Paul Jay, Senior Editor, TRNN: Welcome to The Real News Network. I’m Paul Jay in Baltimore.
On May 1, President Barack Obama named Tom Wheeler, a venture capitalist and former leader of cable and wireless trade groups, to head the U.S. Federal Communications Commission.
Now joining us to give us his view on this nomination is Nicholas Johnson. He was a commissioner of the Federal Communications Commission, appointed by Lyndon Johnson. He was there from 1966 to 1973. He’s been codirector of a public health public policy institute, a network TV host, a congressional candidate. He’s the author of many books. He law clerked for the U.S. Supreme Court. And he now joins us from Iowa City.
Thanks very much for joining us, Nicholas.
Nicholas Johnson, Fmr. FCC Commissioner: Well, thank you, Paul.
Jay: So what do you make of this appointment of Tom Wheeler?
Johnson: Well, I think it’s somewhere between bizarre and outrageous. And there are three things that we can start with that are wrong with it, and then we’ll come to a couple more.
So let’s start with why is this guy important to Obama. He is what we call a major donor, not just of his own money, but a bundler. This is somebody who goes around and gets checks from folks who couldn’t give it in the old days before corporations became people. They couldn’t give it as a corporation, so you’d get checks from all the vice presidents, and you literally bundle them and hand them over to the presidential candidate. And this fellow, this Tom Wheeler, he pulled together some $700,000 to $1 million (there’s some difference as to how much) and contributed that to Obama’s campaign. So we start off with the fact that we’ve got somebody who’s sort of bought this appointment.
Number two, this is a really serious position. I mean, normally these large donors, you know, they let them sleep a night in the Lincoln bedroom in the White House or they give him an ambassadorship to a country that even the new ambassador has never heard of where they can’t do too much harm. So in this case, they’ve handed this fellow what I think is the single most important independent regulatory commission in the lives of Americans—parents, children, minorities, working class, you name it, for reasons that we can describe later.
So (A) he’s a big donor. (B) They’ve given him one of the most important jobs in Washington, D.C.
Now, third, as some of those presidential candidates would count, (A), (B), and third, he’s a fellow who is from this industry. The president of the United States has appointed a lobbyist to regulate lobbyists who lobby on behalf of the corporations that he lobbied on behalf of. He was a trade association president. He was a lobbyist for all those hundreds of companies, plus more, lobbied the FCC , lobbied the Congress, in and out of the White House seeking influence there. And finally, as if all of this was not enough, he’s a venture capitalist who has money in some of these companies.
Jay: Just to be clear for people that don’t know, we’re talking about the Federal Communications Commission, and this commission regulates anything—tell me if I’m right—everything from cell phones to television to cable TV to satellite TV, radio. I mean, you know, as you say, it’s hard to think of something that people interact with more than the communications industry.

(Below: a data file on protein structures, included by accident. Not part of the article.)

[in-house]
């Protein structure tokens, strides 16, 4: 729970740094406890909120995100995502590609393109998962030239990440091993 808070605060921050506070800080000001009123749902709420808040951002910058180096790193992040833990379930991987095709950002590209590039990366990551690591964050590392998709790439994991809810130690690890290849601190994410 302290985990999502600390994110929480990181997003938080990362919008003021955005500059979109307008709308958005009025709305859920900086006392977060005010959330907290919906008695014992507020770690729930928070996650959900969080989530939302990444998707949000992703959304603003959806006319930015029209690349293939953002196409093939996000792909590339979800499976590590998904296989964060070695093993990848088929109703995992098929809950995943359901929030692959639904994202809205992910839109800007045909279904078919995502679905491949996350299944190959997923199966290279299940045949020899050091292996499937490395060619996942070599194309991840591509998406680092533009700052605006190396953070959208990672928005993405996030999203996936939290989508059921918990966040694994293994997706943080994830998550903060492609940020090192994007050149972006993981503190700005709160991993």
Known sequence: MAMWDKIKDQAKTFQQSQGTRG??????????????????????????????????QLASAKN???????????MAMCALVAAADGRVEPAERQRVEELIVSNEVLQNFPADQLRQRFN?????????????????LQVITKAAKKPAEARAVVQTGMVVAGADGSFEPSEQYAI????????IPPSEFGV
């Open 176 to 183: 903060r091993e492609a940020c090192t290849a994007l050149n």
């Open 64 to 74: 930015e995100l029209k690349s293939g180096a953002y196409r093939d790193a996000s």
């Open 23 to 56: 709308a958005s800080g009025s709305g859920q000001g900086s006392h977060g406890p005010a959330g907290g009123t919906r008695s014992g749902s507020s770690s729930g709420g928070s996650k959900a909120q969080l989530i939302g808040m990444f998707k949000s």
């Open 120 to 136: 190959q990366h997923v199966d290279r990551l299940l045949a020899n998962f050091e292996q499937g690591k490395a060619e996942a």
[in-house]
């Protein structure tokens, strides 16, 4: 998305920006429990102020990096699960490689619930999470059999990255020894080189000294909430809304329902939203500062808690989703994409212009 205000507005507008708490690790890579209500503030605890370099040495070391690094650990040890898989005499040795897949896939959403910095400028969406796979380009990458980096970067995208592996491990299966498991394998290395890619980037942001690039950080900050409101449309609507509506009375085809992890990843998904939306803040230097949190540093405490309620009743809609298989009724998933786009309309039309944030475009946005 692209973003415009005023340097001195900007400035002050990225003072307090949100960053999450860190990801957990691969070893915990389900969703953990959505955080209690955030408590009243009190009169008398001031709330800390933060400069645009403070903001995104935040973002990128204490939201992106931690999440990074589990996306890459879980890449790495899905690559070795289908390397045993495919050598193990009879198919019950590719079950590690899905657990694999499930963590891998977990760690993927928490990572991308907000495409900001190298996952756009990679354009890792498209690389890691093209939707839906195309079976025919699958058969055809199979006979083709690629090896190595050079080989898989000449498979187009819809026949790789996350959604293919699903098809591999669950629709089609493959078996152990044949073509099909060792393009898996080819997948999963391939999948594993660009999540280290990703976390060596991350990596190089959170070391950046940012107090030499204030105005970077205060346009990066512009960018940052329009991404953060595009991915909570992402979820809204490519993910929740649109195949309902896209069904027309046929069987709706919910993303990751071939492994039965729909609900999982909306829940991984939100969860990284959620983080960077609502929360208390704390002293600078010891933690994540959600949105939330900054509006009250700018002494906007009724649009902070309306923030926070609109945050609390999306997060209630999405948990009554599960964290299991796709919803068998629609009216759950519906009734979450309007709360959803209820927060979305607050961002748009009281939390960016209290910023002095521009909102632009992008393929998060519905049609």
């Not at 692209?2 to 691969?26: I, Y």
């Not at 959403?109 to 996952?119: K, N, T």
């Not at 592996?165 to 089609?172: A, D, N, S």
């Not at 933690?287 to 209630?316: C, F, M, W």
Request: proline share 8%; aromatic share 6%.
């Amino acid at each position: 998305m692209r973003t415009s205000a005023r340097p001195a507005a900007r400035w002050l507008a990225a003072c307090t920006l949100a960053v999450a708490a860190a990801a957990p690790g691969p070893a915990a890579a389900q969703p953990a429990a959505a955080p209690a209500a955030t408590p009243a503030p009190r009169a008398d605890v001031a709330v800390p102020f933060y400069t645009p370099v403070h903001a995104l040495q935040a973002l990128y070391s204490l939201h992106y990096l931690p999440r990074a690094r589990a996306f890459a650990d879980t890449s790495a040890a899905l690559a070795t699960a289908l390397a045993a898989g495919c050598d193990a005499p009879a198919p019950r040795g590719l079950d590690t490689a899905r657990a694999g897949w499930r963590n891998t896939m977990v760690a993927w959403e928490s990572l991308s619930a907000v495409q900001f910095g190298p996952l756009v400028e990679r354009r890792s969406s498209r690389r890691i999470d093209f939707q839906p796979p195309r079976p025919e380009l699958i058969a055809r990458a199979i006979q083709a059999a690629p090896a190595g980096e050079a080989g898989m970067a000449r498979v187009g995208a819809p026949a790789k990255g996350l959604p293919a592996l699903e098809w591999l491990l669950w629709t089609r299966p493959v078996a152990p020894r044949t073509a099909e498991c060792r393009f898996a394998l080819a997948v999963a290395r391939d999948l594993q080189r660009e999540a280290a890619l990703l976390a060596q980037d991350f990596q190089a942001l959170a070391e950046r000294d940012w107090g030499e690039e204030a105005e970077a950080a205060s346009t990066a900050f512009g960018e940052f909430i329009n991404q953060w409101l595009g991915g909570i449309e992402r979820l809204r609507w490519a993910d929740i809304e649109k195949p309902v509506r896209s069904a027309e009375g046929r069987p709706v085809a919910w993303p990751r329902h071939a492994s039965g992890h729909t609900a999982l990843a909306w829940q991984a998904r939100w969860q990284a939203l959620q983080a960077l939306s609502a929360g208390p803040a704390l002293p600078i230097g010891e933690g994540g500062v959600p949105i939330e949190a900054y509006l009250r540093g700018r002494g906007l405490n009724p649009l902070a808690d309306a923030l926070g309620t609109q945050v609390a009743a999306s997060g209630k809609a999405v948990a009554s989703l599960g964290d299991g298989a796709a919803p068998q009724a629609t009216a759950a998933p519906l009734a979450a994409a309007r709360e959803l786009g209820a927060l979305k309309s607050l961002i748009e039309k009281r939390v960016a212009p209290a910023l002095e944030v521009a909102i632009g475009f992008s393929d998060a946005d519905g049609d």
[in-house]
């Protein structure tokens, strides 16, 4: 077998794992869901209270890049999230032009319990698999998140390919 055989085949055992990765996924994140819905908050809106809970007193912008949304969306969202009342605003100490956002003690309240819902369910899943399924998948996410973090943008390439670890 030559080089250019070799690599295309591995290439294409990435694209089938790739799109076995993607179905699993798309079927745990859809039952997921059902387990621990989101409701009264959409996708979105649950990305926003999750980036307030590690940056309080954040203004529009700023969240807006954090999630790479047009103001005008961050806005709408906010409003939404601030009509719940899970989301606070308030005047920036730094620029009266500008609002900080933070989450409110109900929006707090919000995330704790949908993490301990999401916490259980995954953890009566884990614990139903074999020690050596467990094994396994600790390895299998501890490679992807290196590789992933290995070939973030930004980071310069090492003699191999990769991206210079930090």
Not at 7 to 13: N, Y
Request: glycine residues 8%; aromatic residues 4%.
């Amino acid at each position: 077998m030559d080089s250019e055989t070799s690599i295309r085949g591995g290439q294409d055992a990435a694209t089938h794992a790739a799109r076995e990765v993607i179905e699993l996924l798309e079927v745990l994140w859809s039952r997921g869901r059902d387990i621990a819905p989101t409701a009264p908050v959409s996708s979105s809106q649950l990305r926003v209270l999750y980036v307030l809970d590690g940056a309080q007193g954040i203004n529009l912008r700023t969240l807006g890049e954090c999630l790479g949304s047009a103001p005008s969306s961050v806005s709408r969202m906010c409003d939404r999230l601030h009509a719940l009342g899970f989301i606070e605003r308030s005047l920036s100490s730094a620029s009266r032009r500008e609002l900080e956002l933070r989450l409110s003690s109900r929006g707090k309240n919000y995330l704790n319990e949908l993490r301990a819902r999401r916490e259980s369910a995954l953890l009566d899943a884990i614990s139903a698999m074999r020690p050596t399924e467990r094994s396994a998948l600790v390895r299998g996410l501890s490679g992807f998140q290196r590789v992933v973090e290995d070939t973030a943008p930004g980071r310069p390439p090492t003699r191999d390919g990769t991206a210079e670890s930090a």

Johnson: That’s right. Plus under-ocean cables, and police and taxi cab radios, and amateur radio operators. And it used to be the telegraph and the telephone company when AT&T was a monopoly on top of that, when I was on the commission. And so if those who are watching this will turn over their little handheld device or look in the back of their computer or TV screen or whatever, they’ll see that it’s been type accepted by the FCC. So this equipment itself is approved.
Jay: So, Nicholas, what are some of the big issues that are going to come before the FCC that one might worry about having an industry rep running the FCC?
Johnson: Oh my goodness. You—how much time you got? I mean, you’ve got questions of monopoly ownership, permitting firms to merge in ways that end up driving up prices and limiting competition and consumer choice. You have issues like net neutrality, where the question is whether or not your internet service provider can write the software so the only web pages you can get to are the ones that they own, which is the way cable television works instead of being open to anybody who wants to put their programming on the cable.
Contrast that with AT&T. So, I mean, there were a lot of jokes about AT&T, and Lily Tomlin’s routine—we don’t care, we don’t have to, we’re the telephone company. But one thing AT&T did do was it had to provide everybody that wanted a phone a phone, and once you got the phone you could say anything you wanted to say. And it didn’t mean that somebody else might not arrest you, but AT&T wasn’t going to control content, they were not going to control who you can talk to. They were not going to raise the price on you if you talked to people they didn’t think you ought to be talking to. So for all the criticism of AT&T, it was in many ways superior in terms of consumer choice and freedom and price regulation and so forth than what we have now.
Now, the thing is, about appointing a lobbyist to this job, we should remind folks that when this was created by Congress in the 1920s as the Radio Commission and then in 1934 became the Federal Communications Commission, the whole mission and purpose of this agency was not to further enrich corporate executives, to drive up shareholder value, to increase the cash flow. The purpose of the agency was to represent the people. The standard was you must operate in the public interest. And that meant that broadcast licensees, for example, did not own their frequencies. They had a license that was good initially for 18 months, then for three years. When I was on the commission it was still three years.
And in exchange for getting this right to make private profit from public property, they were obliged to serve the interests of their community. They were to deal with the controversial issues confronting that community, to provide a range of points of view. They were not to be an instrument of propaganda for one particular ideology or another. And they provided all kinds of service—lost dogs, newborn babies, you know, whatever.